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Movies
'Saving Grace'

Jolly England: Eccentrics in 'Saving Grace' sail by reality

Friday, September 01, 2000

By ,Ron Weiskind Post-Gazette Movie Editor

A likable Britcom of a movie that is too clever for its own good, "Saving Grace" falls short of its ambition to become this year's version of "The Full Monty" or "Waking Ned Devine."

 
   
'Saving Grace'


RATING: R, for drug content and language.

STARRING: Brenda Blethyn, Craig Ferguson.

DIRECTOR: Nigel Cole.

WEB SITE: www.saving-grace
-movie.com

CRITIC'S CALL: 2 1/2 stars.

 
 

Those movies delighted us with their unlikely premises. In the first, a group of unemployed steelworkers transform themselves into exotic dancers. In the second, two elderly Irishmen in a tiny seaside village concoct a plot to defraud the government in order to win a giant lottery jackpot.

But the hurt beneath the laughs gave extra poignance to both films. A man's death sets off the prevarications in "Ned Devine," leading to a funny yet touching scene in which another man ends up attending his own funeral. The men in "The Full Monty" try to reverse the symbolic emasculation suffered in the loss of their jobs and their roles as heads of the household. One finds himself impotent, another tries to commit suicide.

"Saving Grace" starts off in the right direction. The newly widowed Grace Trevethen (Brenda Blethyn) learns that her husband has left her nothing but a mountain of bills and a crushing mortgage on their stately home near a small Cornish village. If she doesn't find a way to raise a lot of money in a very little time, she could lose everything.

But she keeps her dignity, reserving her sorrow for people like her gardener, Matthew (Craig Ferguson, who also helped write and produce the film), whom she can no longer afford to employ. The most affecting scene in the movie finds Grace, who has not yet learned of her impending downfall, going into town and encountering her friends and neighbors, who somehow do know and display an embarrassed compassion for her that she can't fathom.

Matthew inspires the plan that could save Grace -- or sink her even deeper. He's been doing a bit of free-lance plant work, it seems, attempting to grow marijuana in the vicar's garden. Grace, gifted with a green thumb, figures that perhaps she can cultivate enough cannabis to pay off her debts.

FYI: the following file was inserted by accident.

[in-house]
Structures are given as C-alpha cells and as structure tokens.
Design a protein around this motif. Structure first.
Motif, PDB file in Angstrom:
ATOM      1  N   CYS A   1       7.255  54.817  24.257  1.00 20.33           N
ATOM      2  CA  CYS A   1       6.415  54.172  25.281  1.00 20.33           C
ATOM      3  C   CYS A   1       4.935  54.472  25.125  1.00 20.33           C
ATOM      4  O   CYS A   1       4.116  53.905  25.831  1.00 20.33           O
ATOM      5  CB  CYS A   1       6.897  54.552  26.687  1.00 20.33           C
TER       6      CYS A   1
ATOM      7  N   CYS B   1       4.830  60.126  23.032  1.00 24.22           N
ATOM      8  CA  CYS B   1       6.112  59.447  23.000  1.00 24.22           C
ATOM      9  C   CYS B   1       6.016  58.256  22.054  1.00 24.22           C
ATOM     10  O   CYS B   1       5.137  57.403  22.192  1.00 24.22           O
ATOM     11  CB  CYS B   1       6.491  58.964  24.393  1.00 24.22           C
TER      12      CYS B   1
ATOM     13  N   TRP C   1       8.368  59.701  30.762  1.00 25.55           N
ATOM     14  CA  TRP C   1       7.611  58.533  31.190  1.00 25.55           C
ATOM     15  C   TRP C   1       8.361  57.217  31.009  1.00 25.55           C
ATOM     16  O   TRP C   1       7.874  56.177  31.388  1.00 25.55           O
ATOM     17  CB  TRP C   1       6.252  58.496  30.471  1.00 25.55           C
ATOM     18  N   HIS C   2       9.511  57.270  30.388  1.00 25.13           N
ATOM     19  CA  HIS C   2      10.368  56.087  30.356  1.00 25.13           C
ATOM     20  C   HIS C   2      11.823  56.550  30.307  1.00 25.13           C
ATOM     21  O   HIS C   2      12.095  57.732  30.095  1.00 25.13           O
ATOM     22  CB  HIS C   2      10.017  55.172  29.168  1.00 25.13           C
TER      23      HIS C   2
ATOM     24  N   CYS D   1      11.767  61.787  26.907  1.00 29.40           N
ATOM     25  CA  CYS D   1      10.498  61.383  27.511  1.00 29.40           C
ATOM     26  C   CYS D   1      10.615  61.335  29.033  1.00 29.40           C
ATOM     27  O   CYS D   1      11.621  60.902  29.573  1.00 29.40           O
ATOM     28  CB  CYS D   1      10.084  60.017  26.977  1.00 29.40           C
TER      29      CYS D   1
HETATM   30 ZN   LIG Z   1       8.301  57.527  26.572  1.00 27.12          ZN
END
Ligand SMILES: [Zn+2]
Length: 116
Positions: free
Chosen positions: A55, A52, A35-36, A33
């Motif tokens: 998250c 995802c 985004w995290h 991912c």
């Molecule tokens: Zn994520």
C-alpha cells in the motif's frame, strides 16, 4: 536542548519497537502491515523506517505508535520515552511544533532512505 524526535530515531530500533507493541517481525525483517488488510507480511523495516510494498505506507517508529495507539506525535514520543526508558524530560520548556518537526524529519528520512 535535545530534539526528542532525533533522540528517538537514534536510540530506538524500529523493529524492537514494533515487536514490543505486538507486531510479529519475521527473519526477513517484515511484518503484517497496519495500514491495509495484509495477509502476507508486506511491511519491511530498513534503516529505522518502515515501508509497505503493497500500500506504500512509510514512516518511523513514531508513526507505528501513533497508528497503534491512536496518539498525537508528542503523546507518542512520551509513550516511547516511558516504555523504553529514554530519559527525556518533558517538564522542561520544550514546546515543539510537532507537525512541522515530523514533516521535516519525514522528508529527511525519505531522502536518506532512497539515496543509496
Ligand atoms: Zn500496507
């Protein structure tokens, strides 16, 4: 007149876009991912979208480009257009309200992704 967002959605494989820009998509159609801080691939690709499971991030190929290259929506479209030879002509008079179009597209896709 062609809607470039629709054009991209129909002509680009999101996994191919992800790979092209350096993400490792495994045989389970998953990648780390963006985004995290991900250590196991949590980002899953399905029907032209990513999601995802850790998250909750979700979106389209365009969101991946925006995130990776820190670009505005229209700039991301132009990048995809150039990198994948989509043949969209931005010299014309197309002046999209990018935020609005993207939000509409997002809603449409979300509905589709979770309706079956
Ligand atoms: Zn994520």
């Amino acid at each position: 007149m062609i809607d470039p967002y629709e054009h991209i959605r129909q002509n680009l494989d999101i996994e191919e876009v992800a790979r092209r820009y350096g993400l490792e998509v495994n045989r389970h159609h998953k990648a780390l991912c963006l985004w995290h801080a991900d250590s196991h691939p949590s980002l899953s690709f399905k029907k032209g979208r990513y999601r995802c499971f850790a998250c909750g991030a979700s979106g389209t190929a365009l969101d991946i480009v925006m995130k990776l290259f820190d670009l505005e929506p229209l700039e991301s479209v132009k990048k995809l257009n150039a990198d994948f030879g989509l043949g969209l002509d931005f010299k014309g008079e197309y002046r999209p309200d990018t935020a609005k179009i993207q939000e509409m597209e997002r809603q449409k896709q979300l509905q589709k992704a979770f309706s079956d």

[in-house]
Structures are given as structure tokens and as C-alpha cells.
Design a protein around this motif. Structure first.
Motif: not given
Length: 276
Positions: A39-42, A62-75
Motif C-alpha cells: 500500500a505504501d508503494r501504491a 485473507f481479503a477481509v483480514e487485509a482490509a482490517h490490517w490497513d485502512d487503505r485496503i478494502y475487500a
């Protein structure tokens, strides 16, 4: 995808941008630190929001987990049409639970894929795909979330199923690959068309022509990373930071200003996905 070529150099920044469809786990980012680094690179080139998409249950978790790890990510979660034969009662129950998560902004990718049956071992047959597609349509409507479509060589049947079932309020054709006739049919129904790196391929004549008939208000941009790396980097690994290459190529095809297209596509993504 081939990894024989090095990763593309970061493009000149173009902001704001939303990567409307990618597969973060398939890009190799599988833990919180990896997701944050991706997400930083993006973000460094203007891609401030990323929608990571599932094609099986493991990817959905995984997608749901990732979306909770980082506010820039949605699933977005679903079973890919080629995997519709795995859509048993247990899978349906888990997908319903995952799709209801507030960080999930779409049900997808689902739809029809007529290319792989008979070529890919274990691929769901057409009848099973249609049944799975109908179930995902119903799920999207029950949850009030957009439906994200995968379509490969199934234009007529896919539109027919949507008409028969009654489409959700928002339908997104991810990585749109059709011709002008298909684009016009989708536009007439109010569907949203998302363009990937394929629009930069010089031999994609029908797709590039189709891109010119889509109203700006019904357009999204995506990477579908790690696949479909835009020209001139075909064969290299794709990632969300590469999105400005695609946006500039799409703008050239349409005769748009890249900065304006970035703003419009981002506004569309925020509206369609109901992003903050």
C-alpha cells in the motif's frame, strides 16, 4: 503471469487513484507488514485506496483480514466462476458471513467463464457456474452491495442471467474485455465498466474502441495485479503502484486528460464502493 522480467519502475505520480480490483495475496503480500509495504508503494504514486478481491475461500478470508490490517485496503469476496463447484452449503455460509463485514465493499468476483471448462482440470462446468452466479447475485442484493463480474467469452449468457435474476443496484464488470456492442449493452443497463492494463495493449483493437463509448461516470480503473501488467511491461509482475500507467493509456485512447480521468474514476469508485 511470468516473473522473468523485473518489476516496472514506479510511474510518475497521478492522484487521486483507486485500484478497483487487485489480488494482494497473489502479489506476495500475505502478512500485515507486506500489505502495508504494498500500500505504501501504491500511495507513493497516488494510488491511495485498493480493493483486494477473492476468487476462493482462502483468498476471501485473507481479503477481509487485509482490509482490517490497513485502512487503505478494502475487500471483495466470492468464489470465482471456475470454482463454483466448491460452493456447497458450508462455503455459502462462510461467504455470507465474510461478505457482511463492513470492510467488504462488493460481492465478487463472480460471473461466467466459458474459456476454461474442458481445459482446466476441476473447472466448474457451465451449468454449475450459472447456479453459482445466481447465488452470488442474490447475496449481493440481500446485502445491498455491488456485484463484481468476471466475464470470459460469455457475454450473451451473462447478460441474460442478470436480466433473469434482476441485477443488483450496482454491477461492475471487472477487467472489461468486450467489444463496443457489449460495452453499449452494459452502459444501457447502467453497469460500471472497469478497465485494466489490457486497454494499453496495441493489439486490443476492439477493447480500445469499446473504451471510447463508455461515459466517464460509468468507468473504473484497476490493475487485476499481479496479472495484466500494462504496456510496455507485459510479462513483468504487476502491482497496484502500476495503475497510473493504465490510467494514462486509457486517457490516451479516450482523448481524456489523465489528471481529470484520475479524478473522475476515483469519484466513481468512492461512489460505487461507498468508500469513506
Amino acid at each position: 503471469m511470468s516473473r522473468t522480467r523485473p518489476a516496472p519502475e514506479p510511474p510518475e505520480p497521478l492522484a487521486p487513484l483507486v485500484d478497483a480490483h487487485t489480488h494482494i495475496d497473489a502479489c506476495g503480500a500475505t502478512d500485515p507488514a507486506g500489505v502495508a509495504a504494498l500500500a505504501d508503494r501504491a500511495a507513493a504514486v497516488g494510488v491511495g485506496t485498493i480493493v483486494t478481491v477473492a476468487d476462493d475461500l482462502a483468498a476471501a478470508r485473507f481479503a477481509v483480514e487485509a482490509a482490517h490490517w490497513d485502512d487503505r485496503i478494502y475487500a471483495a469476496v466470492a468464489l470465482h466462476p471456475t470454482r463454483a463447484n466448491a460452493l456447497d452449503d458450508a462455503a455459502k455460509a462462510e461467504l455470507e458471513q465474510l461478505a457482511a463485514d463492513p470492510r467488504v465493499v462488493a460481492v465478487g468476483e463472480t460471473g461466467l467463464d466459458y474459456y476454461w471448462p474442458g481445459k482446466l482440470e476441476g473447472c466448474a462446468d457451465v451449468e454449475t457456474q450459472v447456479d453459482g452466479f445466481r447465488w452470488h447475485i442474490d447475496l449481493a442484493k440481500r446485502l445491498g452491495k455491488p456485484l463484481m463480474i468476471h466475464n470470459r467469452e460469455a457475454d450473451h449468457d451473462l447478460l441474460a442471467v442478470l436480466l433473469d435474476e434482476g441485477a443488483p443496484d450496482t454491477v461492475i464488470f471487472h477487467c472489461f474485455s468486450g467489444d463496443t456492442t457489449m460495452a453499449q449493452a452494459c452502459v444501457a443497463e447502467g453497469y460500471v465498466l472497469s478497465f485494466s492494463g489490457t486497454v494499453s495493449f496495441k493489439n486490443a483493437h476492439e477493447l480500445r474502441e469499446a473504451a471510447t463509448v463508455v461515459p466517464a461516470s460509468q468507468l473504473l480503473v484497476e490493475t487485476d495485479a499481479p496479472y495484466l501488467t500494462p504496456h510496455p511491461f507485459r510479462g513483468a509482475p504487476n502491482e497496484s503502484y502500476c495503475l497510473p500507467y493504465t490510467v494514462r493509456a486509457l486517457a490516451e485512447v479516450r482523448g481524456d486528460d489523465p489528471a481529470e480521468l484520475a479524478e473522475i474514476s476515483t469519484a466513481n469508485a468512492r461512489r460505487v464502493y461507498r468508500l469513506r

In other words, "Saving Grace" tries to give a modern twist to the time-honored tradition of British film comedy in which English eccentrics find themselves in unusual situations.

The problem is that marijuana makes anything seem funny. The gags are just too easy. Who couldn't get a laugh by having two dotty old shopkeeper sisters get stoned and roll giggling on the floor, consuming munchies right off the shelves? You say the cops, the crooks and the cons are all converging on Grace's house at the worst possible time? Just literally blow smoke in their faces and see what happens.

But, paradoxically, director Nigel Cole also errs by trying too hard. Except for Grace, all of his characters display broadly whimsical traits. Matthew is an uninhibited klutz. The vicar (Leslie Phillips) likes horror movies. The doctor (Martin Clunes) is a comical pothead. The town constable (Ken Campbell) busies himself with trying to catch fish poachers who may or may not be real.

Only two characters show restraint: Nicky (Valerie Edmond), Matthew's level-headed fisherwoman lover, and Grace, which comes as a relief considering some of Blethyn's more hysterical acting turns.

But then the filmmakers send her into some ridiculous situations, like when she heads into the dregs on London in search of a buyer for her illegal stash. She may not dress to the nines but she's at least at sixes, which is too much by fives when it comes to drawing attention to herself. And even the eventual buyer (Tcheky Karyo), for all his menacing appearances, turns out to be as realistic as a hemp hallucination.

At almost every turn, the movie pulls away from any kind of real pain or danger and opts instead for lighthearted farce that it resolves too easily. The ending, while clever and unexpected, also seems like a bit of a cheat in which the filmmakers painted themselves into a corner and escaped by drawing a trap door.

"Saving Grace," while often fun, is always fluff.



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